We have run hydrodynamical simulations with the four inhomogeneous reionization models (IR-A, IR-B, IR-C, IR-D named after the reionization models used in them, see Figure 3), and the flash reionization model (FR) described in Section 2.2. In all these runs we assumed a total heat injection of K which is the standard value obtained in galaxy driven reionization models (see above). Quasar or Population III driven scenarios may inject more heat, as much as K (but see D’Aloisio et al., 2018a, and discussion in Section 8). So in order to study the effects of different heat injection during reionization we have also run the flash reionization model, , and model A inhomogeneous reionization ( ) with two different values for the heat injected during reionization: a colder model with K and a hotter model with K (hereafter referred as IR-Acold and IR-Ahot for the inhomogeneous runs and FR-cold and FR-hot for the flash runs respectively).

4 Comparison of Flash and Inhomogeneous Reionization Simulations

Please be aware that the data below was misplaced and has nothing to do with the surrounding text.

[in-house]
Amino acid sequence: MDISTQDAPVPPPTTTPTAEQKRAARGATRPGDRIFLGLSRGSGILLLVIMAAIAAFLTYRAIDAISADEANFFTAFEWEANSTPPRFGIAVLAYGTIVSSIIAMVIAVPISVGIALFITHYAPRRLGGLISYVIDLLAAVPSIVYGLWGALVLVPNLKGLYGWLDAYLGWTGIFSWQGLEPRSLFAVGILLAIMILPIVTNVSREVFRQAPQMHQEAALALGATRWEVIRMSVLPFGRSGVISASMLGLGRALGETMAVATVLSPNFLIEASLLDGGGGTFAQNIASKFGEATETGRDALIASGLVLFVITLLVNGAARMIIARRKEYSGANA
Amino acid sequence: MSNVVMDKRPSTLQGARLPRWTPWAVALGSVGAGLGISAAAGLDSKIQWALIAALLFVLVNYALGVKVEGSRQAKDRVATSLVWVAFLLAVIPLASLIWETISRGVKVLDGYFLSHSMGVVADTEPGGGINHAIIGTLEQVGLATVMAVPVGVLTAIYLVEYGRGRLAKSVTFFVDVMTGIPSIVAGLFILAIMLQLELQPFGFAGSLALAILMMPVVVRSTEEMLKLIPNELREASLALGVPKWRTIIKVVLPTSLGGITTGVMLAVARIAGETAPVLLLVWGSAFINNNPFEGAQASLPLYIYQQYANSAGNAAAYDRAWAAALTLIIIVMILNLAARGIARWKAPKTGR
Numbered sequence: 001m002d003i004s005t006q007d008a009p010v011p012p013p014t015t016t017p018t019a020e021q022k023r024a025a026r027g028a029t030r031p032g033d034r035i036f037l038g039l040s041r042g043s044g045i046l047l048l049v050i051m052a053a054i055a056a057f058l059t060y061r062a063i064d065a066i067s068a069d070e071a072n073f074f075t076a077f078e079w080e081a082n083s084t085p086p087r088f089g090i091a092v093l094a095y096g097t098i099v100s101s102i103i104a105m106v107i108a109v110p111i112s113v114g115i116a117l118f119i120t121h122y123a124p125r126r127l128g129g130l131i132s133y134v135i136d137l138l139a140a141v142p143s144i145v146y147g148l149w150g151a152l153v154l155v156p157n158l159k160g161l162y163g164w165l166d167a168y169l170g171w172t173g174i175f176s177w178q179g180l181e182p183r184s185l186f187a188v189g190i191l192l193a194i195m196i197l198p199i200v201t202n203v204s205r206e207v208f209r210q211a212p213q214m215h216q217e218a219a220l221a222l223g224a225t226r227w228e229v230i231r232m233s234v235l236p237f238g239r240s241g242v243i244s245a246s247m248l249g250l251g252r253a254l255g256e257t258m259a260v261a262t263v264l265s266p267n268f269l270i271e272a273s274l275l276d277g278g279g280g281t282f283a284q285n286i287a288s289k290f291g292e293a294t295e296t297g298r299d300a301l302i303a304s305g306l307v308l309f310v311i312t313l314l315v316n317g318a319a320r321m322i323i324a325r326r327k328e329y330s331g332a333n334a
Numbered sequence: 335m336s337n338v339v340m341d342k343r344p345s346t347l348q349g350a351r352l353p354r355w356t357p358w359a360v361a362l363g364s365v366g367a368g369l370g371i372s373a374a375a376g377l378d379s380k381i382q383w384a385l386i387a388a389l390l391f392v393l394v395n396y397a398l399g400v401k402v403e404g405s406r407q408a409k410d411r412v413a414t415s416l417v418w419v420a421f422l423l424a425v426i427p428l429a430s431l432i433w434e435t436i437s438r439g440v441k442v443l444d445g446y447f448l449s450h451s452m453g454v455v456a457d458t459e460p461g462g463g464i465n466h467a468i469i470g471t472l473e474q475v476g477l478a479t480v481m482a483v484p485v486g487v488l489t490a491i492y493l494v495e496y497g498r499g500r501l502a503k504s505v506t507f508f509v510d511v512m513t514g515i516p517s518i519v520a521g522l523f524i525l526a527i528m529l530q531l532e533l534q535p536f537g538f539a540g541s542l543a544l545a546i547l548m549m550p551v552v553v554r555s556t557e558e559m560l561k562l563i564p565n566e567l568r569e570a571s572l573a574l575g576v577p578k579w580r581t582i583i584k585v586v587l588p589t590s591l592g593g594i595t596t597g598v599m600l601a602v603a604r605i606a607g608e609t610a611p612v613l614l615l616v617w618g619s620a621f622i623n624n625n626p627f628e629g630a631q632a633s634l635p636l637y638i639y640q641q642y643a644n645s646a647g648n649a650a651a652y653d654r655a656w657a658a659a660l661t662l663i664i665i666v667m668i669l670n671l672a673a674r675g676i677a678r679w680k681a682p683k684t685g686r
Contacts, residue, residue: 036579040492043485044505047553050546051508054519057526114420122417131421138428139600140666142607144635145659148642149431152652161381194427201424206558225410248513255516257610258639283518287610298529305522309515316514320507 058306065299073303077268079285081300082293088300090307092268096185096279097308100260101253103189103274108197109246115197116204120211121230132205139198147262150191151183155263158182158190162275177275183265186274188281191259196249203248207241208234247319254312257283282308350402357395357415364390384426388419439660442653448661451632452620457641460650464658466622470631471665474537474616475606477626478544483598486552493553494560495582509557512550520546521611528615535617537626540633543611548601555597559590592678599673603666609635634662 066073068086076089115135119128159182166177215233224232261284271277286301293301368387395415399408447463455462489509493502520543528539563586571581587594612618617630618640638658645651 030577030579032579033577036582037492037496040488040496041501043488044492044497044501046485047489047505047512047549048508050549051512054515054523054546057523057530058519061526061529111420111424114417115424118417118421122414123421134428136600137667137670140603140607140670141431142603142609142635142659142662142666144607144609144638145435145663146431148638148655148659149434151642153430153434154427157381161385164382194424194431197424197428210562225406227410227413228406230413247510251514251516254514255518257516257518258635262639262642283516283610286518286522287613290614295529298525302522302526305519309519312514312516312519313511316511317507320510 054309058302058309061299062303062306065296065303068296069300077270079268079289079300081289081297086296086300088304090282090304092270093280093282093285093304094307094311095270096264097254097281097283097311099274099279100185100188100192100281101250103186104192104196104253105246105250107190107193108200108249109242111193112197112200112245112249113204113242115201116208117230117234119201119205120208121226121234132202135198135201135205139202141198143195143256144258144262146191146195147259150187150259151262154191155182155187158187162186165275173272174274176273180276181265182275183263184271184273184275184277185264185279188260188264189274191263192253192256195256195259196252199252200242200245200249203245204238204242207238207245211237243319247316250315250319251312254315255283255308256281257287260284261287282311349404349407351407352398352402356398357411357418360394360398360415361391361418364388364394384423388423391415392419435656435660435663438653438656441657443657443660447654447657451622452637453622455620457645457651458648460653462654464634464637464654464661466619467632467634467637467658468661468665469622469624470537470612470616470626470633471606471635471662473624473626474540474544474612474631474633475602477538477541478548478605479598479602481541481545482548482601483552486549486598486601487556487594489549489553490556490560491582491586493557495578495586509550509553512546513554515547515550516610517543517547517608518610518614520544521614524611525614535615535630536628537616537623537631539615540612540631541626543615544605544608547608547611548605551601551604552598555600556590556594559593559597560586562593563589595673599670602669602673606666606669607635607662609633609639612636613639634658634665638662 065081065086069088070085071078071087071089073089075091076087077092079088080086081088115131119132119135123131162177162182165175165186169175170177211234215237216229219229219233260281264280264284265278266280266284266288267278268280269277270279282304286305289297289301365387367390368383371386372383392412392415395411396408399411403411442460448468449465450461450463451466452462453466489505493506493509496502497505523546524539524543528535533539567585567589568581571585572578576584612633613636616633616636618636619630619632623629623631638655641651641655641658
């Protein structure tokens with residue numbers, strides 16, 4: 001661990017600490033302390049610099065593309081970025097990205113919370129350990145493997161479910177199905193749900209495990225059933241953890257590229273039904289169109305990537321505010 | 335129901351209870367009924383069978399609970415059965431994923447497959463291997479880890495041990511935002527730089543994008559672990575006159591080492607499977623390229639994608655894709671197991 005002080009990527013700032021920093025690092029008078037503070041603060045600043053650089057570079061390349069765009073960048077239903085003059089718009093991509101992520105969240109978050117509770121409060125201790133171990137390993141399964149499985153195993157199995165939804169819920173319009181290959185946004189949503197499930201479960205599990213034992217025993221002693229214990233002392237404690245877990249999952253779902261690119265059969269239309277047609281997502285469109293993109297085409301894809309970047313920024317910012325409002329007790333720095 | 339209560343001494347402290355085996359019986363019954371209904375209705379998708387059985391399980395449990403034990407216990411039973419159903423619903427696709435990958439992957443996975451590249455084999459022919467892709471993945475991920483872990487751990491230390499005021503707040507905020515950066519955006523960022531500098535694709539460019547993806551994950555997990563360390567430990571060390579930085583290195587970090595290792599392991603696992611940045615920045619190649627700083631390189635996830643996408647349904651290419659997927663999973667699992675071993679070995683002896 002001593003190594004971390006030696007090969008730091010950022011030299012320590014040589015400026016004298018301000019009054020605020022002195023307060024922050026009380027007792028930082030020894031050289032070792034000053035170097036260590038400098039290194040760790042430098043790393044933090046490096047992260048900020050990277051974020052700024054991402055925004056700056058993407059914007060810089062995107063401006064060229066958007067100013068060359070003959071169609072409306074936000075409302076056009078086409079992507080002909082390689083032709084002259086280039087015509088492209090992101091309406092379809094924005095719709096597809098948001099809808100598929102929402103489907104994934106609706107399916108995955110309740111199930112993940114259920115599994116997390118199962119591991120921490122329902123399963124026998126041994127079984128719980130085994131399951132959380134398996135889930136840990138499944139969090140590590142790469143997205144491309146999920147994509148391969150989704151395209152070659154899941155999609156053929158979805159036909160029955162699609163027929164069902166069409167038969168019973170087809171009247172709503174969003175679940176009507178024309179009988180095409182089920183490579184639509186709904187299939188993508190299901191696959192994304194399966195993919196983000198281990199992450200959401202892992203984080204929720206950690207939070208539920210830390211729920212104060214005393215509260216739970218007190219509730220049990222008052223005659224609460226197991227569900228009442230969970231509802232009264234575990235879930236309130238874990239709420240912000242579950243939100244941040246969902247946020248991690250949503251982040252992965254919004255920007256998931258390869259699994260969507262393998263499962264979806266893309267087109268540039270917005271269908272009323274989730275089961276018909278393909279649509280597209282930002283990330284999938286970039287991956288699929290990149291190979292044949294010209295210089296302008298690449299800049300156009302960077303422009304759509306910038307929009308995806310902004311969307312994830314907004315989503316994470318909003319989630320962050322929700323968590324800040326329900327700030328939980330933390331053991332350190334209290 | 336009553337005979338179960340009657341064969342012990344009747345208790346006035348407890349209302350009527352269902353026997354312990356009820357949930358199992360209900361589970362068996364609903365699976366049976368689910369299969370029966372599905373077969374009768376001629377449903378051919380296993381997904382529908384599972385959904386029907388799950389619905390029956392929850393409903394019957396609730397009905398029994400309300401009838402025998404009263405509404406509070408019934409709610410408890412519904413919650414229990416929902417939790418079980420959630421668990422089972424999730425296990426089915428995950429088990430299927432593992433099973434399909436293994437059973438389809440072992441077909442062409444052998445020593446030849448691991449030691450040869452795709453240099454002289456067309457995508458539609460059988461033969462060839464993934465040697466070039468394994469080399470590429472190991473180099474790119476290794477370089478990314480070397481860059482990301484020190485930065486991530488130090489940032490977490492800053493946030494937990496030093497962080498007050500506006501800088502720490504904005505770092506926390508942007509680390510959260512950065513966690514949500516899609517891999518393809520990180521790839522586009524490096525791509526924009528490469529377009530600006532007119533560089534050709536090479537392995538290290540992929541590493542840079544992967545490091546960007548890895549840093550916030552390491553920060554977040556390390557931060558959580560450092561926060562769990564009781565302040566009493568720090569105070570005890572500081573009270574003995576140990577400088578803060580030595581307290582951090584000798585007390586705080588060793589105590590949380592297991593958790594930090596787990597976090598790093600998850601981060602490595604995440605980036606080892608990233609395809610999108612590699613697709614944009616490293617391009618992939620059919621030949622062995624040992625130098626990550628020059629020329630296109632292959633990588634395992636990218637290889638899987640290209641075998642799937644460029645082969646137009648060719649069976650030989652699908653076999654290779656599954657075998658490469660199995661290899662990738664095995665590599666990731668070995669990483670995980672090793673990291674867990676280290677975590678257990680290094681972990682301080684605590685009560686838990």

We now present the results of the inhomogeneous and flash reionization simulations. We will first focus on the differences between these two methods. Figure 4 shows the same slice of the temperature field of our fiducial flash reionization simulation (FR, left column) and inhomogeneous reionization simulation (IR-A, right column) at , , and (from top to bottom respectively). These two simulations have the same heat injection, , and the reionization redshift of the flash simulations is equal to the median reionization redshift of the inhomogeneous reionization, . Therefore at reionization has just finished in the flash reionization and we can see an overall homogeneous high temperature (top left panel) while at the same redshift the inhomogeneous reionization (top right panel) is still ongoing and we can clearly see the difference in temperatures between regions that have been reionized and those which remain neutral. At the temperature field in the inhomogeneous approach (bottom middle panel) shows lingering signatures of the temperature fluctuations on large scales ( Mpc/h). In this run different regions of the Universe are reionized and heated at different times, and so they asymptote to the temperature set by the balance between photoheating and the adiabatic and Compton cooling governing the temperature-density relation at different times (McQuinn & Upton Sanderbeck, 2016). In this particular case we see that the high density regions which reionized at high redshift have had time to cool and show lower temperatures than the low density regions, which were reionized much later (D’Aloisio et al., 2015; Davies et al., 2018a). This will have relevant implications in the properties of the Ly at these large scales that we will discuss in detail in Section 4.1. The high temperature filamentary structure observed in all panels of Figure 4 reflects the high density regions where collapsed objects have heated the gas to their virial temperatures. This is of course independent of the reionization method employed666Note that, contrary to some other models as, e.g., Trac et al. (2008), our simulations do not include any kind of thermal feedback in the dense regions from star formation..